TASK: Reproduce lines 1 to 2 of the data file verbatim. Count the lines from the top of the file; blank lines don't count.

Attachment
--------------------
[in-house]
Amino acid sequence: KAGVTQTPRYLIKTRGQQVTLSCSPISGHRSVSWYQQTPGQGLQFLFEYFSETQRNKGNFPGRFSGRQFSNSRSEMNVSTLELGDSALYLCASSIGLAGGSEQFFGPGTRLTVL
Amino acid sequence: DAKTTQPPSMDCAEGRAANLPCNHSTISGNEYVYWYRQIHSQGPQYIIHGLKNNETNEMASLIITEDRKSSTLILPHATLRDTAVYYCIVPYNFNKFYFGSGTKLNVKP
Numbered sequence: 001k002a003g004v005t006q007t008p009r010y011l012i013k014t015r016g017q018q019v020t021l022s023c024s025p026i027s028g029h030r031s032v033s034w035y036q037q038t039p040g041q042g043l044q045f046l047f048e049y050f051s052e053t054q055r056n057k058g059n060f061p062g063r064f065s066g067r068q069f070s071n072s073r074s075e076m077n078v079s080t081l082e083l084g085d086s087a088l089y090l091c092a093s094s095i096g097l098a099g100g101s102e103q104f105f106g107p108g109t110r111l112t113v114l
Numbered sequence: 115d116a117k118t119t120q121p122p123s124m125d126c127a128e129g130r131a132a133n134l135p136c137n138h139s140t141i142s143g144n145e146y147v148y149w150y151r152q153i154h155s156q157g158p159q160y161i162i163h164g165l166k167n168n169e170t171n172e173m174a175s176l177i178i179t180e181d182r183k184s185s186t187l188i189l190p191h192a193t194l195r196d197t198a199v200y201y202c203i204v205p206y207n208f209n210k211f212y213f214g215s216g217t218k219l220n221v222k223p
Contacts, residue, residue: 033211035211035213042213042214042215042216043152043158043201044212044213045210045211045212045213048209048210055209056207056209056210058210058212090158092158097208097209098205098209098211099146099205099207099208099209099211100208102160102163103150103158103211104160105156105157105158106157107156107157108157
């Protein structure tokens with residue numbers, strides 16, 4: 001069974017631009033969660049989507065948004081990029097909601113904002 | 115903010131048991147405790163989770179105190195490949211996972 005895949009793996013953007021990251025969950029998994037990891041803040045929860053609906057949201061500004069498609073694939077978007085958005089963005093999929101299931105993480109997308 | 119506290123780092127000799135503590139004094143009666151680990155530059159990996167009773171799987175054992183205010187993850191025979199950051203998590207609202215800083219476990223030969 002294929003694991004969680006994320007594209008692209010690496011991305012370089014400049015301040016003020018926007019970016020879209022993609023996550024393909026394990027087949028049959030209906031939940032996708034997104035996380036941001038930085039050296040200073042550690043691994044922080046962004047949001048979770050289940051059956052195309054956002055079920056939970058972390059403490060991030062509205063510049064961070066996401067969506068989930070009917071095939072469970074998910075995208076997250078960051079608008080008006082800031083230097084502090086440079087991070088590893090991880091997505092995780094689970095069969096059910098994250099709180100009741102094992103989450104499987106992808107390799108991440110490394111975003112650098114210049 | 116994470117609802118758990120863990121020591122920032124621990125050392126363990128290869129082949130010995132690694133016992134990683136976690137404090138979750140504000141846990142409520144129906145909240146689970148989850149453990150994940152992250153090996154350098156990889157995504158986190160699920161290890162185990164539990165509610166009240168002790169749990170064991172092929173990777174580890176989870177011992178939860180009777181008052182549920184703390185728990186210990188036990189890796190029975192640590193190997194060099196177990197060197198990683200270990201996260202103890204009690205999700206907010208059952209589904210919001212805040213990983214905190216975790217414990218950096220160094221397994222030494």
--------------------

[in-house]
Amino acid sequence: KAGVTQTPRYLIKTRGQQVTLSCSPISGHRSVSWYQQTPGQGLQFLFEYFSETQRNKGNFPGRFSGRQFSNSRSEMNVSTLELGDSALYLCASSIGLAGGSEQFFGPGTRLTVL